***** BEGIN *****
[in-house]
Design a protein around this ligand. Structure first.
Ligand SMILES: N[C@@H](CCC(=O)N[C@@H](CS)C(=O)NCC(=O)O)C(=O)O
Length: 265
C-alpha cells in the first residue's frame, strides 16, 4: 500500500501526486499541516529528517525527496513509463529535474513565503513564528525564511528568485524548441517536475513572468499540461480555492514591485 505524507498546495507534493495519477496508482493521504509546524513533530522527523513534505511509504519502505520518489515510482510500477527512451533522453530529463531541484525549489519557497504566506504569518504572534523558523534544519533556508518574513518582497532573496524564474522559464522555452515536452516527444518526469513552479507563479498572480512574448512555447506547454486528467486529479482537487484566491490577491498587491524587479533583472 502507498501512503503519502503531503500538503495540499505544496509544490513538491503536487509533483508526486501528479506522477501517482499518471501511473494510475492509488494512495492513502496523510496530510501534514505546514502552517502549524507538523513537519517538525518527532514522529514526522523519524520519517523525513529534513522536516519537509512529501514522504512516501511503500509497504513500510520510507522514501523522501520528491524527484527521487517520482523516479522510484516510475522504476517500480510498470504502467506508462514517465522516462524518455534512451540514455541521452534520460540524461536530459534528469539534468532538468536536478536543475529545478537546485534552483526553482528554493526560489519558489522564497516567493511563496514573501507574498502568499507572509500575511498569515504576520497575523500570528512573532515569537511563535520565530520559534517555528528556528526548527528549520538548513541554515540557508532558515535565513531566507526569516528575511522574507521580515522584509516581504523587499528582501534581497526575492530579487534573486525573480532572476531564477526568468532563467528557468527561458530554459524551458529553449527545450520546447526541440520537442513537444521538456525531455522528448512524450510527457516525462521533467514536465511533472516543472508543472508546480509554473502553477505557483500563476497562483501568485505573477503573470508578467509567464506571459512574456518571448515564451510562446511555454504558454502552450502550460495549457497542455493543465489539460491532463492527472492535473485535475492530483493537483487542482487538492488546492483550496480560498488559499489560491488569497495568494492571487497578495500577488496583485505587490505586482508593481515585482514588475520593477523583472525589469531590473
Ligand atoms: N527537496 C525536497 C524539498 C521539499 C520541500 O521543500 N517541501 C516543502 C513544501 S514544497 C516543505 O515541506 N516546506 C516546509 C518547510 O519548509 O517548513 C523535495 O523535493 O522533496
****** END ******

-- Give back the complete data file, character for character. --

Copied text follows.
[in-house]
Design a protein around this ligand. Structure first.
Ligand SMILES: N[C@@H](CCC(=O)N[C@@H](CS)C(=O)NCC(=O)O)C(=O)O
Length: 265
C-alpha cells in the first residue's frame, strides 16, 4: 500500500501526486499541516529528517525527496513509463529535474513565503513564528525564511528568485524548441517536475513572468499540461480555492514591485 505524507498546495507534493495519477496508482493521504509546524513533530522527523513534505511509504519502505520518489515510482510500477527512451533522453530529463531541484525549489519557497504566506504569518504572534523558523534544519533556508518574513518582497532573496524564474522559464522555452515536452516527444518526469513552479507563479498572480512574448512555447506547454486528467486529479482537487484566491490577491498587491524587479533583472 502507498501512503503519502503531503500538503495540499505544496509544490513538491503536487509533483508526486501528479506522477501517482499518471501511473494510475492509488494512495492513502496523510496530510501534514505546514502552517502549524507538523513537519517538525518527532514522529514526522523519524520519517523525513529534513522536516519537509512529501514522504512516501511503500509497504513500510520510507522514501523522501520528491524527484527521487517520482523516479522510484516510475522504476517500480510498470504502467506508462514517465522516462524518455534512451540514455541521452534520460540524461536530459534528469539534468532538468536536478536543475529545478537546485534552483526553482528554493526560489519558489522564497516567493511563496514573501507574498502568499507572509500575511498569515504576520497575523500570528512573532515569537511563535520565530520559534517555528528556528526548527528549520538548513541554515540557508532558515535565513531566507526569516528575511522574507521580515522584509516581504523587499528582501534581497526575492530579487534573486525573480532572476531564477526568468532563467528557468527561458530554459524551458529553449527545450520546447526541440520537442513537444521538456525531455522528448512524450510527457516525462521533467514536465511533472516543472508543472508546480509554473502553477505557483500563476497562483501568485505573477503573470508578467509567464506571459512574456518571448515564451510562446511555454504558454502552450502550460495549457497542455493543465489539460491532463492527472492535473485535475492530483493537483487542482487538492488546492483550496480560498488559499489560491488569497495568494492571487497578495500577488496583485505587490505586482508593481515585482514588475520593477523583472525589469531590473
Ligand atoms: N527537496 C525536497 C524539498 C521539499 C520541500 O521543500 N517541501 C516543502 C513544501 S514544497 C516543505 O515541506 N516546506 C516546509 C518547510 O519548509 O517548513 C523535495 O523535493 O522533496